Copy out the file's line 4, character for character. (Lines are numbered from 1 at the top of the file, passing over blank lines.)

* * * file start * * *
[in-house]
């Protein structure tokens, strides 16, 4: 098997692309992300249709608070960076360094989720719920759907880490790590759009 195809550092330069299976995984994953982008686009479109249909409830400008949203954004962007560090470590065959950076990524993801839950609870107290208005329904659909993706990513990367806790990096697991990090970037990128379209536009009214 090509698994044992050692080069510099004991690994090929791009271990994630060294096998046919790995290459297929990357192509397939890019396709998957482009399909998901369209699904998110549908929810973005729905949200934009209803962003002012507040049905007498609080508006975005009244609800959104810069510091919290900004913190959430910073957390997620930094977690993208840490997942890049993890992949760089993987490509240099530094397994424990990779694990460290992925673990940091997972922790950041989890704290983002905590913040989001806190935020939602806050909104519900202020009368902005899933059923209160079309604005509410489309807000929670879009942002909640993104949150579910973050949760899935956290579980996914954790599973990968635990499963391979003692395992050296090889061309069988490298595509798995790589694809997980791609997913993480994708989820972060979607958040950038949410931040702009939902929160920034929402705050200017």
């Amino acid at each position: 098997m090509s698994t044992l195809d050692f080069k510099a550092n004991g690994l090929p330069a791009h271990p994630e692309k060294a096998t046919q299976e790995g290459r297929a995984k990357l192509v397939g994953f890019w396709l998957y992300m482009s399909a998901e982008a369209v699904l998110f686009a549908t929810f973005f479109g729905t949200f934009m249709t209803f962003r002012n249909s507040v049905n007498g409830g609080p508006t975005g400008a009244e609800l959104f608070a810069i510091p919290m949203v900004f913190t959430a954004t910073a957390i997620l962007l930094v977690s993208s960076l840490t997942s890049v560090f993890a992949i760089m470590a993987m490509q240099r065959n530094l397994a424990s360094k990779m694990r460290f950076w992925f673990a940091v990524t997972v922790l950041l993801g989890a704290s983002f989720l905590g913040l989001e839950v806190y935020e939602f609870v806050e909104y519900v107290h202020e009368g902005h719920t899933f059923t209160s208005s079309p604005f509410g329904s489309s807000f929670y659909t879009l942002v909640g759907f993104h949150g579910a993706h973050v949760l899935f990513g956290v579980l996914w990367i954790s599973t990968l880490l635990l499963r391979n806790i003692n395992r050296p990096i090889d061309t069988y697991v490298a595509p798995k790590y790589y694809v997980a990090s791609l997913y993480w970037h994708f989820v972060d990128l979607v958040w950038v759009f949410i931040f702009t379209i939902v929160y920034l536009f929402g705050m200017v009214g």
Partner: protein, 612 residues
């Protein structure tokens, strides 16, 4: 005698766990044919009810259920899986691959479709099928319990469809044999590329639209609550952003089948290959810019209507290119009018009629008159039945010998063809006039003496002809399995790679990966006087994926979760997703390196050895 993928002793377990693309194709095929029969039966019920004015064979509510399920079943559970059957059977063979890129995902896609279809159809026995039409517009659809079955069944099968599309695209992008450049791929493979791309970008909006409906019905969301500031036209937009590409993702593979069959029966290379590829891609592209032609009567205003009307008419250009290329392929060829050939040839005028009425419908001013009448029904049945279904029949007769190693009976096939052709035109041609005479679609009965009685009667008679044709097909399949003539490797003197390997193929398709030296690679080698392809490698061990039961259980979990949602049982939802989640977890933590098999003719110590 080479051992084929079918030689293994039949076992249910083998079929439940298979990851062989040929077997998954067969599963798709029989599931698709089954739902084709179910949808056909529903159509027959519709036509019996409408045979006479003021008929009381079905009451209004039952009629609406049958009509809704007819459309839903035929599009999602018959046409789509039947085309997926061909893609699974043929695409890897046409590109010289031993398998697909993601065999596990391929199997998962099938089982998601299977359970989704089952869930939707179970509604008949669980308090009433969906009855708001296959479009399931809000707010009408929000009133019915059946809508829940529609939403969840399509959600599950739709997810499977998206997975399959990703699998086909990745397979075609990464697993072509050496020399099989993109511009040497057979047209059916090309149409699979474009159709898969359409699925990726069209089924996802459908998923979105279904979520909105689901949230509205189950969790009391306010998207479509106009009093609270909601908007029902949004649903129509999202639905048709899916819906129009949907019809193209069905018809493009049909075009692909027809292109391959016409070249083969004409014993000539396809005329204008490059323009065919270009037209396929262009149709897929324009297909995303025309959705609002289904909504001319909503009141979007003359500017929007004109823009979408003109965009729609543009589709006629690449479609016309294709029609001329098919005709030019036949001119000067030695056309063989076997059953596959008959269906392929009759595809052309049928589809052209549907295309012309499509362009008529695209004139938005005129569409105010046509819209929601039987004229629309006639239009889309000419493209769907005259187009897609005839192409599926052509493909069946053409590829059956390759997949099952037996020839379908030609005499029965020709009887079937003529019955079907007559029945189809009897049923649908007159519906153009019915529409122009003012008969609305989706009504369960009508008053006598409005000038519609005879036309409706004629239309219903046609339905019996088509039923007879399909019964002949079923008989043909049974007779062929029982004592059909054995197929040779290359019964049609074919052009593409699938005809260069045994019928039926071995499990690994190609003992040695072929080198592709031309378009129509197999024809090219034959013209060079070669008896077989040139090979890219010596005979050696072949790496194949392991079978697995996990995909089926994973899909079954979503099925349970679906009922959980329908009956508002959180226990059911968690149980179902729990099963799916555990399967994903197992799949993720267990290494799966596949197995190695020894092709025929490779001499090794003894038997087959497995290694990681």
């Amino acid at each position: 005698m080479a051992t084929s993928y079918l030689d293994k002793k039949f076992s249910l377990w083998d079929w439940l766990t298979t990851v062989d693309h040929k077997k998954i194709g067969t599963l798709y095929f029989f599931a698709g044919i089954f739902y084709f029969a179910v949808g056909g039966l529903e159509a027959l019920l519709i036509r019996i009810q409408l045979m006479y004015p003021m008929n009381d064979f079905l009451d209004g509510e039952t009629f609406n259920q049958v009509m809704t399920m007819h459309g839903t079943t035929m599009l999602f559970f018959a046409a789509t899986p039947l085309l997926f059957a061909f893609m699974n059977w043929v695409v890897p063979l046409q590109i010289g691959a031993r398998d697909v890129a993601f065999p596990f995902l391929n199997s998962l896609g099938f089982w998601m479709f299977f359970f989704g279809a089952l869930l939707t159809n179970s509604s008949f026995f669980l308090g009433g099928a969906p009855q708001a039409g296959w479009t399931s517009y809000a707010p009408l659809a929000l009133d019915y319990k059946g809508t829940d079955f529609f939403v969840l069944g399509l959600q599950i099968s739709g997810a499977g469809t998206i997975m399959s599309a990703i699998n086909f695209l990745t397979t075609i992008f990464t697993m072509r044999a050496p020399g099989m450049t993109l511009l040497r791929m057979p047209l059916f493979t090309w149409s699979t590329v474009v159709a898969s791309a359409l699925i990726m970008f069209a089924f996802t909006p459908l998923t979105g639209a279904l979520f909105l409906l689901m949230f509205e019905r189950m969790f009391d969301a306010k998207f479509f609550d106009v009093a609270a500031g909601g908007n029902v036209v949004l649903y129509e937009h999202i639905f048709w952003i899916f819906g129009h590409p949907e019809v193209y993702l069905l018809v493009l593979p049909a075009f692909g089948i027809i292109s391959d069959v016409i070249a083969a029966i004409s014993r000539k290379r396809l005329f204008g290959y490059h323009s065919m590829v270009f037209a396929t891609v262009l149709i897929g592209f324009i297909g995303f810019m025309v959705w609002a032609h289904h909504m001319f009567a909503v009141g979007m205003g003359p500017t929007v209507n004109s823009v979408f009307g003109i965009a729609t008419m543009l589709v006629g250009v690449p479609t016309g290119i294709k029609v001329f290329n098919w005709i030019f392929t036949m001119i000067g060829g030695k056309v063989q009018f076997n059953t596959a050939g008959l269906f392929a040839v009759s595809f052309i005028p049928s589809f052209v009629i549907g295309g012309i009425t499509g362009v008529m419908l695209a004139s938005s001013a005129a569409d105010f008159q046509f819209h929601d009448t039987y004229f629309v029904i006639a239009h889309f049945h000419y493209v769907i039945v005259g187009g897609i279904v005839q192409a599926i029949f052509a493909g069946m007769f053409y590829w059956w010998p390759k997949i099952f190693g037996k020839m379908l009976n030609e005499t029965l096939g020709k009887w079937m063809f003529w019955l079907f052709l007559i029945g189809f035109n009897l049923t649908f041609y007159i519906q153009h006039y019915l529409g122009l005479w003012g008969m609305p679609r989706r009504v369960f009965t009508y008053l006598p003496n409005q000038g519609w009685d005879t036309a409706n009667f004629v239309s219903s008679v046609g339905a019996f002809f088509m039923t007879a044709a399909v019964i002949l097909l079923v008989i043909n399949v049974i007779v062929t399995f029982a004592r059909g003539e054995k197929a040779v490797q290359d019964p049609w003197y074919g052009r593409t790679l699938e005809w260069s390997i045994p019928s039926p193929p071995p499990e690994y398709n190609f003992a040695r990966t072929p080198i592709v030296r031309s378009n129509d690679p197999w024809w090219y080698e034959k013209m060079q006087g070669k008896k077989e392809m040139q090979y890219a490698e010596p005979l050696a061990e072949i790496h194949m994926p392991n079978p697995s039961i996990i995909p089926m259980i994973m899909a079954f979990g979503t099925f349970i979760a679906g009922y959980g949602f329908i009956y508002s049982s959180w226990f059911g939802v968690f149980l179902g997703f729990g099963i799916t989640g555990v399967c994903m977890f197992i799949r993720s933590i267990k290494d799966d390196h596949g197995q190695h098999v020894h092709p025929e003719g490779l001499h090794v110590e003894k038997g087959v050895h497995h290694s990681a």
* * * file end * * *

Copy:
Partner: protein, 612 residues